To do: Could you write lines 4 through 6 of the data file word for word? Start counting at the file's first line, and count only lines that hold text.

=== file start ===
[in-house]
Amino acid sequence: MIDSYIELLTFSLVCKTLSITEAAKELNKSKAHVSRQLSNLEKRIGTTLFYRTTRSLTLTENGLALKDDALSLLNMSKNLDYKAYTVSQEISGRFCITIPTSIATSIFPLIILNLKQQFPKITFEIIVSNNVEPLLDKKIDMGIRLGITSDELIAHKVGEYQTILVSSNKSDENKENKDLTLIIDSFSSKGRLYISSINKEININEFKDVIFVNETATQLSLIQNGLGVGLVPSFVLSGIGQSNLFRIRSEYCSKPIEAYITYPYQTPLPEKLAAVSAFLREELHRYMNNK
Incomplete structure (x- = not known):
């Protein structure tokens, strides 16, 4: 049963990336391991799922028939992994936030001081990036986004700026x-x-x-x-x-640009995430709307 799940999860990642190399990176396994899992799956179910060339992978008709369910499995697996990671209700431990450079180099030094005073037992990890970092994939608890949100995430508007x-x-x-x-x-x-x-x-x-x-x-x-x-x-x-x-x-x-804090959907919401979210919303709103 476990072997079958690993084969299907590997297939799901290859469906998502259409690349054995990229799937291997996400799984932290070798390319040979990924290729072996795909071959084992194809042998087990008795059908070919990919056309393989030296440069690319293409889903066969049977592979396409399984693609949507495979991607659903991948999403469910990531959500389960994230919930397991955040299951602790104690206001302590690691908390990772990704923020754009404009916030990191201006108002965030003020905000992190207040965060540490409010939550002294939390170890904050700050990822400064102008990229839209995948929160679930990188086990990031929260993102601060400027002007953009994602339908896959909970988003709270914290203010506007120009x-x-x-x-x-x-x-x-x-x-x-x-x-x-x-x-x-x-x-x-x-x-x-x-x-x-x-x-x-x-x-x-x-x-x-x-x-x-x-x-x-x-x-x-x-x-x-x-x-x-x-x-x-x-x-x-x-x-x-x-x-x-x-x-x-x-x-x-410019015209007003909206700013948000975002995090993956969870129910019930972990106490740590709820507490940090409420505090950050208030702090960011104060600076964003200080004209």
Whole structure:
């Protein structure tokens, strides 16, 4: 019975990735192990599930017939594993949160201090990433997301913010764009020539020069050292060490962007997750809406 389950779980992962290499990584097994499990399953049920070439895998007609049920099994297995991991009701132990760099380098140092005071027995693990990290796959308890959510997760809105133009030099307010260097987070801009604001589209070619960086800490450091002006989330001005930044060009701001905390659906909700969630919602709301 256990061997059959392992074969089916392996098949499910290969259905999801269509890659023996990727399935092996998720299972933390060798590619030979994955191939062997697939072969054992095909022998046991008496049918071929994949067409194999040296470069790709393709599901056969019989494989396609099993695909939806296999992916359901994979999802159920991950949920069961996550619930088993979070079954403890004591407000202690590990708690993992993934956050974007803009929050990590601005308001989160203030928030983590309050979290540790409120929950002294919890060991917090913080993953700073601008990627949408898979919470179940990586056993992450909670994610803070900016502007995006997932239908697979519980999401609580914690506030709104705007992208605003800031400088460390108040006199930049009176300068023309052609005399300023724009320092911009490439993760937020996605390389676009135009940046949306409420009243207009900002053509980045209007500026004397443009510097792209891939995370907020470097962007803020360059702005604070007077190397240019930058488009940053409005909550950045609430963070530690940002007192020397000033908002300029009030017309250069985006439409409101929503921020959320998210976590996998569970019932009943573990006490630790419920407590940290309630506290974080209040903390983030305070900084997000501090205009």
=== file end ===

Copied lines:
């Protein structure tokens, strides 16, 4: 049963990336391991799922028939992994936030001081990036986004700026x-x-x-x-x-640009995430709307 799940999860990642190399990176396994899992799956179910060339992978008709369910499995697996990671209700431990450079180099030094005073037992990890970092994939608890949100995430508007x-x-x-x-x-x-x-x-x-x-x-x-x-x-x-x-x-x-804090959907919401979210919303709103 476990072997079958690993084969299907590997297939799901290859469906998502259409690349054995990229799937291997996400799984932290070798390319040979990924290729072996795909071959084992194809042998087990008795059908070919990919056309393989030296440069690319293409889903066969049977592979396409399984693609949507495979991607659903991948999403469910990531959500389960994230919930397991955040299951602790104690206001302590690691908390990772990704923020754009404009916030990191201006108002965030003020905000992190207040965060540490409010939550002294939390170890904050700050990822400064102008990229839209995948929160679930990188086990990031929260993102601060400027002007953009994602339908896959909970988003709270914290203010506007120009x-x-x-x-x-x-x-x-x-x-x-x-x-x-x-x-x-x-x-x-x-x-x-x-x-x-x-x-x-x-x-x-x-x-x-x-x-x-x-x-x-x-x-x-x-x-x-x-x-x-x-x-x-x-x-x-x-x-x-x-x-x-x-x-x-x-x-x-410019015209007003909206700013948000975002995090993956969870129910019930972990106490740590709820507490940090409420505090950050208030702090960011104060600076964003200080004209």
Whole structure:
């Protein structure tokens, strides 16, 4: 019975990735192990599930017939594993949160201090990433997301913010764009020539020069050292060490962007997750809406 389950779980992962290499990584097994499990399953049920070439895998007609049920099994297995991991009701132990760099380098140092005071027995693990990290796959308890959510997760809105133009030099307010260097987070801009604001589209070619960086800490450091002006989330001005930044060009701001905390659906909700969630919602709301 256990061997059959392992074969089916392996098949499910290969259905999801269509890659023996990727399935092996998720299972933390060798590619030979994955191939062997697939072969054992095909022998046991008496049918071929994949067409194999040296470069790709393709599901056969019989494989396609099993695909939806296999992916359901994979999802159920991950949920069961996550619930088993979070079954403890004591407000202690590990708690993992993934956050974007803009929050990590601005308001989160203030928030983590309050979290540790409120929950002294919890060991917090913080993953700073601008990627949408898979919470179940990586056993992450909670994610803070900016502007995006997932239908697979519980999401609580914690506030709104705007992208605003800031400088460390108040006199930049009176300068023309052609005399300023724009320092911009490439993760937020996605390389676009135009940046949306409420009243207009900002053509980045209007500026004397443009510097792209891939995370907020470097962007803020360059702005604070007077190397240019930058488009940053409005909550950045609430963070530690940002007192020397000033908002300029009030017309250069985006439409409101929503921020959320998210976590996998569970019932009943573990006490630790419920407590940290309630506290974080209040903390983030305070900084997000501090205009």